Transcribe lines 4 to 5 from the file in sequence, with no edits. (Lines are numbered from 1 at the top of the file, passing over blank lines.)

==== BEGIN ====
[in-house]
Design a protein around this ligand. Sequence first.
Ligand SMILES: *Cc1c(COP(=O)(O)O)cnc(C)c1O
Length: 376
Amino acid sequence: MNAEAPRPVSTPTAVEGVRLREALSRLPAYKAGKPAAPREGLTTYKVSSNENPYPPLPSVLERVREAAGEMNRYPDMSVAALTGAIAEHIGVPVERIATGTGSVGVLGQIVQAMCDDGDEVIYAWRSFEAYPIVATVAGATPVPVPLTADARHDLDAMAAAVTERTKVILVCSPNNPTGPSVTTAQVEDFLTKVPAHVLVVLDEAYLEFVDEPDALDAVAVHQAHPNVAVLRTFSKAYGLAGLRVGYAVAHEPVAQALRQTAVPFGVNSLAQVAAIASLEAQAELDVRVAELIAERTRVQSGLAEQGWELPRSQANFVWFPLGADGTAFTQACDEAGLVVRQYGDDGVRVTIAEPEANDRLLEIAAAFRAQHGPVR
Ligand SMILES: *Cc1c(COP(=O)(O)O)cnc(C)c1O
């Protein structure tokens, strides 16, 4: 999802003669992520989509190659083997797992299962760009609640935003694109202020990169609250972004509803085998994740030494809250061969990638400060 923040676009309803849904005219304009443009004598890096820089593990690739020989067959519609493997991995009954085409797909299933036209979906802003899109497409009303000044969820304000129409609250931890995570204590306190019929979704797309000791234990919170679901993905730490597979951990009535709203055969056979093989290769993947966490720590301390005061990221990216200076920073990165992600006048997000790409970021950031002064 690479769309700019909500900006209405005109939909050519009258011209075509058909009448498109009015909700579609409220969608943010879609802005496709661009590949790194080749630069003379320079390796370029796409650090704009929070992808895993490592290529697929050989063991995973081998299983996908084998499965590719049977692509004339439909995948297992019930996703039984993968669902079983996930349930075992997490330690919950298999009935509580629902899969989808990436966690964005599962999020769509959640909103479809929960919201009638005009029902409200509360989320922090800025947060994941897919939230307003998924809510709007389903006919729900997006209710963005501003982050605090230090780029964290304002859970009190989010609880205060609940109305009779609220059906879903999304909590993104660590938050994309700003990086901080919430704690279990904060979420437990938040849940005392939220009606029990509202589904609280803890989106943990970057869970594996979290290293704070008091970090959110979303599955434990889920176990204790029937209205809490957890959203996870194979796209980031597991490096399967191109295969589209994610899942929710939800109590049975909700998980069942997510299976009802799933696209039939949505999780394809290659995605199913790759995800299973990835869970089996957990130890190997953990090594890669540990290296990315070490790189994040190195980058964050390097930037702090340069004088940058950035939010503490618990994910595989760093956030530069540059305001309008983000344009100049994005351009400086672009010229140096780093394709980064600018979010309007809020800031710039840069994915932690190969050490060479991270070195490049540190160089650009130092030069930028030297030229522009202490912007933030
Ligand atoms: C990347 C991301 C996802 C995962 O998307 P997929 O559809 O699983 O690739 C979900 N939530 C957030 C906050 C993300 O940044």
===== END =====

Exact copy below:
Length: 376
Amino acid sequence: MNAEAPRPVSTPTAVEGVRLREALSRLPAYKAGKPAAPREGLTTYKVSSNENPYPPLPSVLERVREAAGEMNRYPDMSVAALTGAIAEHIGVPVERIATGTGSVGVLGQIVQAMCDDGDEVIYAWRSFEAYPIVATVAGATPVPVPLTADARHDLDAMAAAVTERTKVILVCSPNNPTGPSVTTAQVEDFLTKVPAHVLVVLDEAYLEFVDEPDALDAVAVHQAHPNVAVLRTFSKAYGLAGLRVGYAVAHEPVAQALRQTAVPFGVNSLAQVAAIASLEAQAELDVRVAELIAERTRVQSGLAEQGWELPRSQANFVWFPLGADGTAFTQACDEAGLVVRQYGDDGVRVTIAEPEANDRLLEIAAAFRAQHGPVR